Golgotha Stone I
          Acrylic, oil, and acrylic impasto on linen
          28" x 27 15/16"

          Museum of Contemporary Art, San Diego

          Exhibition: "Robert Cumming: Cone of Vision" *

          Exhibition Dates: Museum of Contemporary Art, San Diego, 28 May - 4 August 1993

          Catalogue: Robert Cumming: Cone of Vision

          Industry Bowl , 1983
          Charcoal, acrylic and ink
          53" x 68"

          Burning Box #2 , 1988
          watercolor
          18 1/2" x 14"

          Small Constellation 3, 1987
          Oil on canvas
          84" x 72"

          * This exhibition traveld to the Museum of Fine Arts Boston, the Contemporary Art Museum Houston, and The Contemporary Museum Honolulu

          Des Moines Art Center
          Edmundson Art Foundation, Inc.

          Exhibition: "Will Mentor: Food and Ornament"
          Exhibition Dates: June 23 - September 22, 1996

          The Lost Order, 1990
          Oil on canvas
          63 1/4" x 96'

          Sordoni Art Gallery
          Wilkes University
          Wilkes-Barre, PA

          Exhibition: "Gary Lang: Paintings and Objects 1975 - 1997"
          Exhibition Dates: May 11 - August 10, 1997

          Mirror # 33, 1991
          Acrylic on canvas
          72" x 60"

          Sordoni Art Gallery
          Wilkes University
          Wilkes-Barre, PA

          Exhibition: "Anthony Sorce: Four Decades"
          Exhibition Dates: March 15 - April 26, 1998

          Unpossible Being, James Beerman


          Dome, Willy Heeks


          Schema #60, Terry Winters


          Winding Towers, Bernd and Hilla Becher


          Small Constellation 3, Robert Cumming


          The Lost Order, Will Mentor


          Mirror #33, Gary Lang


          Marywood University

          Founded in 1915, Marywood University is a non-profit private higher-education institution located in the urban setting of the small city of Scranton (population range of 50,000-249,999 inhabitants), Pennsylvania. Officially accredited by the Middle States Commission on Higher Education, Marywood University (Marywood) is a small (uniRank enrollment range: 3,000-3,999 students) coeducational US higher education institution formally affiliated with the Christian-Catholic religion. Marywood University (Marywood) offers courses and programs leading to officially recognized higher education degrees in several areas of study. See the uniRank degree levels and areas of study matrix below for further details. This 105 years old US higher-education institution has a selective admission policy based on entrance examinations and students' past academic record and grades. The admission rate range is 70-80% making this US higher education organization a somewhat selective institution. International students are welcome to apply for enrollment. Marywood also provides several academic and non-academic facilities and services to students including a library, housing, sports facilities, financial aids and/or scholarships, study abroad and exchange programs, online courses and distance learning opportunities, as well as administrative services.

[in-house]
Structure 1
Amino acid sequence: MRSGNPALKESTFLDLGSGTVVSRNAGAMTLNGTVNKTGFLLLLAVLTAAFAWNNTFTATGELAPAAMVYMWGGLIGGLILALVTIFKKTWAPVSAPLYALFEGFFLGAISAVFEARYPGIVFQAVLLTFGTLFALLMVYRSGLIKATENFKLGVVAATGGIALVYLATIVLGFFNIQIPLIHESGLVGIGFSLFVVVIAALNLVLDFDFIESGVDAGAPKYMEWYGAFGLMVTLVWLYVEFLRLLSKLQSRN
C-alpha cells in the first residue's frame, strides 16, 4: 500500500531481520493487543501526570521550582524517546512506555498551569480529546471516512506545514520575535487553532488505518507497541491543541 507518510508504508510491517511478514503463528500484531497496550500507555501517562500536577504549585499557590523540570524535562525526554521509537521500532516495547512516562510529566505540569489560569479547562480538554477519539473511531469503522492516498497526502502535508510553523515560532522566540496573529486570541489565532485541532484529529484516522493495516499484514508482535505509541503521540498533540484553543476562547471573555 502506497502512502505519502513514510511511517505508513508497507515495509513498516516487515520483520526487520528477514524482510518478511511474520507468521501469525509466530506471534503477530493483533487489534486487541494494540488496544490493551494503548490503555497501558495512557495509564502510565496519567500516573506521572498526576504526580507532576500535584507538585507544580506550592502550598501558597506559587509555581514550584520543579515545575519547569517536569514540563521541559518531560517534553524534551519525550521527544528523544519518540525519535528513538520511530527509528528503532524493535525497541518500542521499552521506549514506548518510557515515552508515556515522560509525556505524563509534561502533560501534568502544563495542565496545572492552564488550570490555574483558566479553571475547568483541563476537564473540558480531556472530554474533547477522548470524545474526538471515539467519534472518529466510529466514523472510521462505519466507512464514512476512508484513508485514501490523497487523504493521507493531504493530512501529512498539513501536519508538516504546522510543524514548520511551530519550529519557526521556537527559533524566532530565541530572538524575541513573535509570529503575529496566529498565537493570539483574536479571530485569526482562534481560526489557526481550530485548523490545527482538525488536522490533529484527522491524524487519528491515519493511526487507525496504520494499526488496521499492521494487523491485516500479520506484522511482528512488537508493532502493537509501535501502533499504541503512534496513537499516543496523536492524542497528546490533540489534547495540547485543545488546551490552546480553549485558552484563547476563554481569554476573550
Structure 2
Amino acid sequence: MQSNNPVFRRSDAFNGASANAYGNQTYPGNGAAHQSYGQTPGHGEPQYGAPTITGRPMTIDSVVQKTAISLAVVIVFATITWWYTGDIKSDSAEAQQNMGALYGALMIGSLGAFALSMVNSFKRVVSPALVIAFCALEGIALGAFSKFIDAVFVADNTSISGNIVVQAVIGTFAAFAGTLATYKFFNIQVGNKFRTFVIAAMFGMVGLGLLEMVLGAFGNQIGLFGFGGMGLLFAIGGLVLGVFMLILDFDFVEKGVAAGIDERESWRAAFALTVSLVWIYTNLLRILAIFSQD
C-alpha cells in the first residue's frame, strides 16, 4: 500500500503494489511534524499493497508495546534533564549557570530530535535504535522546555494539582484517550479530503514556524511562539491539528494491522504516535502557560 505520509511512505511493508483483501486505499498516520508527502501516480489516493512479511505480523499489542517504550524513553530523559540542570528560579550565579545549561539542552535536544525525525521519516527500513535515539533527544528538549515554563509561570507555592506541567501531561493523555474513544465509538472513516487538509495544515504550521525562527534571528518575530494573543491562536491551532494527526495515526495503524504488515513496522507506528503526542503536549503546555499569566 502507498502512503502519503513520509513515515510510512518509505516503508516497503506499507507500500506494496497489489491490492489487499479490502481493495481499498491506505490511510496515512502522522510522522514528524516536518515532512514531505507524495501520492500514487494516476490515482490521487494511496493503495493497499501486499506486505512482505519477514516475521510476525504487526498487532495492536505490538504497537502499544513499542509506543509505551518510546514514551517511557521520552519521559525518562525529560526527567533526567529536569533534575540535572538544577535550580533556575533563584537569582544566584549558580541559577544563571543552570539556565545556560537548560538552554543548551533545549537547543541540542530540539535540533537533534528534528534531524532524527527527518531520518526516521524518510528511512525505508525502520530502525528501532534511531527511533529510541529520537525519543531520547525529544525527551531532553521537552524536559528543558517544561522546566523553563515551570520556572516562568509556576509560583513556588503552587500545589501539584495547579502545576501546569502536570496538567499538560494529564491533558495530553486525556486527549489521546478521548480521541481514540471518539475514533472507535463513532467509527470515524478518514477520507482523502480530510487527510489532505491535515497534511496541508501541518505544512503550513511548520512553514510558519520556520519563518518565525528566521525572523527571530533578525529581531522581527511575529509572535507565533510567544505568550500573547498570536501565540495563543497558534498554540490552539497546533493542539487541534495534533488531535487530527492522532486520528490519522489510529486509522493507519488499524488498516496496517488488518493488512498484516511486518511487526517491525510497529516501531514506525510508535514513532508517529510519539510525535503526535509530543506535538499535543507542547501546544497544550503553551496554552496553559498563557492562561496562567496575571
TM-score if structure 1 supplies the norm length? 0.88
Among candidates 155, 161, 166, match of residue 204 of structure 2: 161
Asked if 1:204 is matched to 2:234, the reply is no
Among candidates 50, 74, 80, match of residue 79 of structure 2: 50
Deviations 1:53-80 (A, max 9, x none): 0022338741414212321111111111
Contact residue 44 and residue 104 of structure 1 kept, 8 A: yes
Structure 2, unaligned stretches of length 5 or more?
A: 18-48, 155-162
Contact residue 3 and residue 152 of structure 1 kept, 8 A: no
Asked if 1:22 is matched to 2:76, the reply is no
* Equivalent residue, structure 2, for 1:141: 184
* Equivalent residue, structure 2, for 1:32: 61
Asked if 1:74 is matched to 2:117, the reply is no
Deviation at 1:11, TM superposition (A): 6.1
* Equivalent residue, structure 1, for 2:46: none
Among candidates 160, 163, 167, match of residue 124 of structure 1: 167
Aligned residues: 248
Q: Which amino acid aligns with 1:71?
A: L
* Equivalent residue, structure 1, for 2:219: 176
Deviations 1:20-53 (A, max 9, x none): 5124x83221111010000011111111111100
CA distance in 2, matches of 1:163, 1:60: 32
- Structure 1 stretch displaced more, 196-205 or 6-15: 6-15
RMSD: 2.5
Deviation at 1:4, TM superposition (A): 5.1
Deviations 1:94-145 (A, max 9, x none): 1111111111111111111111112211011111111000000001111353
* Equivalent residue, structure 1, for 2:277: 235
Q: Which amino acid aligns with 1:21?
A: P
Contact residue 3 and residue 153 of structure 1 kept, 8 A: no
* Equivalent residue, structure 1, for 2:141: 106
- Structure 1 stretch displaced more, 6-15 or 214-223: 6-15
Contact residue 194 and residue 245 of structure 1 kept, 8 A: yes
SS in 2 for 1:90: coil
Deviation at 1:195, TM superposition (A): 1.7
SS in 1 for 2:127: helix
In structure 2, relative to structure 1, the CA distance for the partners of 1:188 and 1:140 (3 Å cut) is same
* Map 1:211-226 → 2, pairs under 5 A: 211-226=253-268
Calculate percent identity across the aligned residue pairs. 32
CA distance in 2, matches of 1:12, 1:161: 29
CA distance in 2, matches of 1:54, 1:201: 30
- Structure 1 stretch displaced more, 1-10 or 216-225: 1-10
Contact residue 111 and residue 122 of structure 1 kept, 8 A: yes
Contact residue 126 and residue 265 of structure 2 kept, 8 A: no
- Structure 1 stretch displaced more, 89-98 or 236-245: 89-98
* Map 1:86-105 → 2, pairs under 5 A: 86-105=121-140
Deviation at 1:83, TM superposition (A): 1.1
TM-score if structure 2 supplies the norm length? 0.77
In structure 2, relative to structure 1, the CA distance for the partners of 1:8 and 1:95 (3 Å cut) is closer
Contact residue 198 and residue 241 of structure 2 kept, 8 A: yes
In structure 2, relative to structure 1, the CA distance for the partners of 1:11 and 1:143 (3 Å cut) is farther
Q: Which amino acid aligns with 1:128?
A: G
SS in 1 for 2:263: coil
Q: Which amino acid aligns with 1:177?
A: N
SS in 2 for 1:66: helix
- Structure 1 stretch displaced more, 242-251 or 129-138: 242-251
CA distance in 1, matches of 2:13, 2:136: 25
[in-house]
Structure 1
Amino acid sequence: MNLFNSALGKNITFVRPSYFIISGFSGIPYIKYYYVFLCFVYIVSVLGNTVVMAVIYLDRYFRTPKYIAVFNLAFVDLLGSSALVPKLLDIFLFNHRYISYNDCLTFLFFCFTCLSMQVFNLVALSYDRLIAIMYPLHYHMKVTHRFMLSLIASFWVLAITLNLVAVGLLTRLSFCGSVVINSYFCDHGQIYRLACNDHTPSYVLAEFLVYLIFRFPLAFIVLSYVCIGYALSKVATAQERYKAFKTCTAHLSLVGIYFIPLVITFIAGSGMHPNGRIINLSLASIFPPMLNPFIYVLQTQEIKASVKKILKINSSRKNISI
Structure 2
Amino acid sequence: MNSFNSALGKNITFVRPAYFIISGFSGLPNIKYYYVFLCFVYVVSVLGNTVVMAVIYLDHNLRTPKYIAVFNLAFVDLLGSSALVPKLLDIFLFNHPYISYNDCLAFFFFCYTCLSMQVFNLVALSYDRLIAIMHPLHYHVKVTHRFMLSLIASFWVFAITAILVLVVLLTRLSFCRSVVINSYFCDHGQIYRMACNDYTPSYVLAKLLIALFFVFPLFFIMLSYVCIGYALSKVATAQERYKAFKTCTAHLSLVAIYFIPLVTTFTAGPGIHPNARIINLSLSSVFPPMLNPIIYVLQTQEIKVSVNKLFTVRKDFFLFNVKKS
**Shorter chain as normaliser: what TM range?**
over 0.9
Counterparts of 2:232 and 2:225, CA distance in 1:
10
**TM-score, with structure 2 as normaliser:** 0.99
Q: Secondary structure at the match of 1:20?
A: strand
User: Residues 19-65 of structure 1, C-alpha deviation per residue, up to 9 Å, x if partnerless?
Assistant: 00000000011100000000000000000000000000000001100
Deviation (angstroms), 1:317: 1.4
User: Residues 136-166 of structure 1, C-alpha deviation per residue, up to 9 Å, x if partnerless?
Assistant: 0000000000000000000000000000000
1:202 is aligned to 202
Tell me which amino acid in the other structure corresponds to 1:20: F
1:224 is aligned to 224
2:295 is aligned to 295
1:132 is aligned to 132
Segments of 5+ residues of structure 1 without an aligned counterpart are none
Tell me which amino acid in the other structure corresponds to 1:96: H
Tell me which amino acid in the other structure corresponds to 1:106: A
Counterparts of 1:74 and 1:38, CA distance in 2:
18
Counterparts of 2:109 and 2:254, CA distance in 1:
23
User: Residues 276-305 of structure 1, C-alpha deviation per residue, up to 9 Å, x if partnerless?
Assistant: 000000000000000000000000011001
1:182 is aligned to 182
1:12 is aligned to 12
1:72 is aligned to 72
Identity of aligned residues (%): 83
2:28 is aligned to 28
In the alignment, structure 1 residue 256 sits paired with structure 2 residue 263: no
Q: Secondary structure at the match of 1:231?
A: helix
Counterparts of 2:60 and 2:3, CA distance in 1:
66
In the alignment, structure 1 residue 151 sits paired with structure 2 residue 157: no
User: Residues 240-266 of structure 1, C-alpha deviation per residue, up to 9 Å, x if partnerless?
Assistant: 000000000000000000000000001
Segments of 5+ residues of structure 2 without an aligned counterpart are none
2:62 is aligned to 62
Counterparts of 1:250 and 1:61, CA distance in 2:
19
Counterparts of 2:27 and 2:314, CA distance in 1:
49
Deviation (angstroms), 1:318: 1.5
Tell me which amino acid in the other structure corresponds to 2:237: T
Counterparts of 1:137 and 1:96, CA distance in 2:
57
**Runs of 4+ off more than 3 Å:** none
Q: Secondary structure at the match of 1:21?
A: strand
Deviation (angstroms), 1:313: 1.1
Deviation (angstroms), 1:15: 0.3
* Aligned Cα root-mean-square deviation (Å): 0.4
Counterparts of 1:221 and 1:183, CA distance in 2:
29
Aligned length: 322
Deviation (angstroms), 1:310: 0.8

Editorial Reviews

          Review

          When two teenage boys, Edmund Keen and Paul Freach, didn&rsquot make it home after leaving school on November 1, 1973, the town of Scranton, Pa., was forever changed, assert local historian Munley and attorney Mazzoni. Though William Wright was eventually caught and successfully convicted of murdering Freach and Keen due to Mazzoni&rsquos efforts as chief prosecutor. . . .the ensuing fear has remained. Here, the authors recount the early days of the investigation&mdashthe countless interviews with friends and relatives, the FBI bulletins, and the grim search for remains, as well as the tremendous stroke of luck that led authorities to Wright. . . .The authors delve into the minutiae of the investigation, culminating in an epic recounting of Wright&rsquos trial. ― Publishers Weekly

          A terrifying trip inside an American nightmare. -- Michael Benson, author of The Devil at Genesee Junction

          Drawing upon their historical and legal expertise, the authors have presented, in plain language and granular detail, the tragic tale of a horrible crime that deserves wider notice and attention. -- Michael Flamm, Professor of History, Ohio Wesleyan University

          A spellbinding must read for true crime enthusiasts! It is a strong warning to the evil monsters that exist in our society today, and how a teen killer can slip through the cracks and prey on the innocents of our society. This is a tragic example of the great importance bestowed upon us to teach safety and awareness to families and children, which has been my mission for thirty plus years. I recommend this book to law enforcement, parents, and anyone who comes into contact with troubled youth. A MUST READ! -- Phil Chalmers, author of Inside the Mind of a Teen Killer featured on the LMN Network show Killer Kids


          Watch the video: Marywood University 2017 (December 2021).